2.3. Artist's mannequin with Konica Minolta Digitizer (take 2):
In my second attempt at the Konica Minolta, the attachement of the mannequin to the vertical metal rod had become even looser, causing the object to move while the plate was rotating. Although the indvidual scans were very good, the stiching between them became very problematic.

Figure 12: An .stl model from the Konica Minolta Digitizer; the motion of the model during the scanning caused problems in the stitching of the pieces

2.4. Artist's mannequin with Konica Minolta Digitizer (take 3):
This time I made sure to change the position of the mannequin so that it is more stable and to put some hot glue at the point where the supporting metal rod meets the mannequin. The result was much better.

Figure 13: The .stl model from the mannequin scan with the Konica Minolta Digitizer

1.5. Russian Doll with Konica Minolta:
After having scanned the mannequin I scanned a Russian Doll thatn I have had since I can remember myself. I used 90 degrees multishot scan, which came out good. I used geomagic to patch some minor holes.

Figure 14: Scanning and using the Geomagic Software at the CBA shop

Figure 15: The .stl model from the russian doll scan with the Konica Minolta Digitizer

On Wednesday morning John and Tom gave us a tutorial on how to use the laser cutter. Here is a transcript of the notes that I kept along with some tips from personal experience.

3.1. Safety first:
It is quite usual to see a small flame when the laser is cutting the material. If a small flame worries you then you can open the lid and cover the flame with a piece of acrylic. If the flame is big or the material catches on fire then you open the lid, close the air valve and call 100.

3.2. How to put the material on the laser bed:
The origin point is the top left corner. Make sure your material is the right size; in the Universal Laser Cutter at the CBA shop the bed is 32*18". You might need to use some tape to attach the material to the edges of the bed if it is not completely flat (this is for example very usual with cardboard)

3.3. How to adjust the height of the laser bed:
Use the marked metal rod to measure the height between the cutting tool and the material you have placed on the laser cutter board. Press Z and use the Up and Down arrows to bring the cutting material to the edge of the metal rod. You will know that the height is right when the pin does not let the board to go any further up.
The check button moves to smaller digit precision for height refinements with the up and down arrows. Once you have found the right height press Z again to exit.

3.4. How to send your files:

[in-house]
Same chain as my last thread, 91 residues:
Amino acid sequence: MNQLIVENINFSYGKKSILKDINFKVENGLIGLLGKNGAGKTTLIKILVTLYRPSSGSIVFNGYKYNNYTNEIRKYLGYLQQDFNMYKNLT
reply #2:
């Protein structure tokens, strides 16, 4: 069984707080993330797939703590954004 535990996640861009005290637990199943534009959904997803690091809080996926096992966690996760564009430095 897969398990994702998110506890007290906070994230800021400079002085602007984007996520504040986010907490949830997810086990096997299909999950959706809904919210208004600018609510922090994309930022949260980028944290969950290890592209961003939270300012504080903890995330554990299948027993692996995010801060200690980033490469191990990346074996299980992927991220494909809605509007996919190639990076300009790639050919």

3.4.1. If you are using Inkscape:
1. Prepare your file and export it in 300dpi. Keep in mind that the white part is the one cut with precision so your offsets are "eating" off the black part.
2. Go to fab > run in terminal
3. Select the Universal laser cutter and define power and speed. Make sure that you set the pulses per inch (ppi) to be less than 500 if you are cutting cardboard. If you are cutting acrylic you can do almost 300.
4. Specify xmin and ymin. This is how far from the top left corner (origin) the machine will start cutting the file.
Hit make .uni
6. Send!

3.4.2. If you are using CorelDraw (Windows):
1. Import your file
2. Make sure all your lines are Hairline (No thickness)
3. Optional step: You might want to offset your lines for precision. Go to Effects>Contour and do an Outside offset of 0.005 (or around that) Then do Arrange and break contour group apart.
4. Go to File>Print>Properties and set Power and Speed per color
Press Set to register your changes
6. Print!

3.4.3. If you are using Rhino or AutoCAD (Windows) you can set the speed and power per layer through the print menu. Make sure you SKIP all the layers you do not want to cut and that you select the area you want to cut with a print window and that all your lines are 0 thickness or hairlines. In Rhino you can set the size of the print window and then Move it in the correct spot in the screen. You send your file by hitting print.

3.5 How to cut your files:
Find the right file! If you send multiple files you can navigate through them with the >> and << buttons.
2. Do a test run. It is recommended that you do a test run to confirm that the path is right. Just press the green button <|> while the lid is open.
3. Cut! If all looks fine close the lid and press <|> to cut.